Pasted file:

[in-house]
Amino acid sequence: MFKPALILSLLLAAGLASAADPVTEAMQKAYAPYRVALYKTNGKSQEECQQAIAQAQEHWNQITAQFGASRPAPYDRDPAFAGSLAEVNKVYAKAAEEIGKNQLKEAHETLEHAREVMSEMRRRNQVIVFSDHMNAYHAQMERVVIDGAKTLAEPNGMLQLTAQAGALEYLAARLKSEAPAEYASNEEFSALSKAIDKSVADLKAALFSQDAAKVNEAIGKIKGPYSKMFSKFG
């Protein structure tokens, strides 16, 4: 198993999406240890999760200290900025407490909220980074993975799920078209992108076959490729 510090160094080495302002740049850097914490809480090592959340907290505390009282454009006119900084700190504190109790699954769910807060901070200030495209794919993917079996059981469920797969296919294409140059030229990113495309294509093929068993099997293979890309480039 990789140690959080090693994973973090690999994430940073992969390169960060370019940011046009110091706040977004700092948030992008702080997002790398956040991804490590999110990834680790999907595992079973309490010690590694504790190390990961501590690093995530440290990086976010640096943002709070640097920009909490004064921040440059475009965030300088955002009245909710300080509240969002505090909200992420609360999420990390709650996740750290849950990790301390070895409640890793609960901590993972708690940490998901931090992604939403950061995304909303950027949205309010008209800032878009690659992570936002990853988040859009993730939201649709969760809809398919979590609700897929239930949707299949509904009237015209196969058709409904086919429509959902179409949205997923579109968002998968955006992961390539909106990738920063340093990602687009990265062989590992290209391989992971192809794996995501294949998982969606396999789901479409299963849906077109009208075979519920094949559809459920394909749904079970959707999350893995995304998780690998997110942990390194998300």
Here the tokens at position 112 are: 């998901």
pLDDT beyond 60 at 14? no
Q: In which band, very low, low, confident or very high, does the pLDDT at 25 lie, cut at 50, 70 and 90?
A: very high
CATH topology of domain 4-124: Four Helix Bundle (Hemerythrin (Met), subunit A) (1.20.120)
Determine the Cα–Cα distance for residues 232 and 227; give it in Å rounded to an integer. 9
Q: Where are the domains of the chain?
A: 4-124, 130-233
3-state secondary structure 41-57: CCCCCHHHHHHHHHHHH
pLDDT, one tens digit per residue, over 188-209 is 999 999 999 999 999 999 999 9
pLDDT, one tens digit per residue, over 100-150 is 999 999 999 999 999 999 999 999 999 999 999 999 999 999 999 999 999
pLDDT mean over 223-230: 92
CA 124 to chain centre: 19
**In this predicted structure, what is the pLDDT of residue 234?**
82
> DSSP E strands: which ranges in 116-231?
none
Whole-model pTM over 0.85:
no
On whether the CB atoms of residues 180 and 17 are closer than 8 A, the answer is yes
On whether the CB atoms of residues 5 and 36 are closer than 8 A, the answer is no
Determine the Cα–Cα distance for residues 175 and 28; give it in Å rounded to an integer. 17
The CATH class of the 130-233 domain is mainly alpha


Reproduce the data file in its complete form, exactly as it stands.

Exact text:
[in-house]
Amino acid sequence: MFKPALILSLLLAAGLASAADPVTEAMQKAYAPYRVALYKTNGKSQEECQQAIAQAQEHWNQITAQFGASRPAPYDRDPAFAGSLAEVNKVYAKAAEEIGKNQLKEAHETLEHAREVMSEMRRRNQVIVFSDHMNAYHAQMERVVIDGAKTLAEPNGMLQLTAQAGALEYLAARLKSEAPAEYASNEEFSALSKAIDKSVADLKAALFSQDAAKVNEAIGKIKGPYSKMFSKFG
């Protein structure tokens, strides 16, 4: 198993999406240890999760200290900025407490909220980074993975799920078209992108076959490729 510090160094080495302002740049850097914490809480090592959340907290505390009282454009006119900084700190504190109790699954769910807060901070200030495209794919993917079996059981469920797969296919294409140059030229990113495309294509093929068993099997293979890309480039 990789140690959080090693994973973090690999994430940073992969390169960060370019940011046009110091706040977004700092948030992008702080997002790398956040991804490590999110990834680790999907595992079973309490010690590694504790190390990961501590690093995530440290990086976010640096943002709070640097920009909490004064921040440059475009965030300088955002009245909710300080509240969002505090909200992420609360999420990390709650996740750290849950990790301390070895409640890793609960901590993972708690940490998901931090992604939403950061995304909303950027949205309010008209800032878009690659992570936002990853988040859009993730939201649709969760809809398919979590609700897929239930949707299949509904009237015209196969058709409904086919429509959902179409949205997923579109968002998968955006992961390539909106990738920063340093990602687009990265062989590992290209391989992971192809794996995501294949998982969606396999789901479409299963849906077109009208075979519920094949559809459920394909749904079970959707999350893995995304998780690998997110942990390194998300």
Here the tokens at position 112 are: 């998901």
pLDDT beyond 60 at 14? no
Q: In which band, very low, low, confident or very high, does the pLDDT at 25 lie, cut at 50, 70 and 90?
A: very high
CATH topology of domain 4-124: Four Helix Bundle (Hemerythrin (Met), subunit A) (1.20.120)
Determine the Cα–Cα distance for residues 232 and 227; give it in Å rounded to an integer. 9
Q: Where are the domains of the chain?
A: 4-124, 130-233
3-state secondary structure 41-57: CCCCCHHHHHHHHHHHH
pLDDT, one tens digit per residue, over 188-209 is 999 999 999 999 999 999 999 9
pLDDT, one tens digit per residue, over 100-150 is 999 999 999 999 999 999 999 999 999 999 999 999 999 999 999 999 999
pLDDT mean over 223-230: 92
CA 124 to chain centre: 19
**In this predicted structure, what is the pLDDT of residue 234?**
82
> DSSP E strands: which ranges in 116-231?
none
Whole-model pTM over 0.85:
no
On whether the CB atoms of residues 180 and 17 are closer than 8 A, the answer is yes
On whether the CB atoms of residues 5 and 36 are closer than 8 A, the answer is no
Determine the Cα–Cα distance for residues 175 and 28; give it in Å rounded to an integer. 17
The CATH class of the 130-233 domain is mainly alpha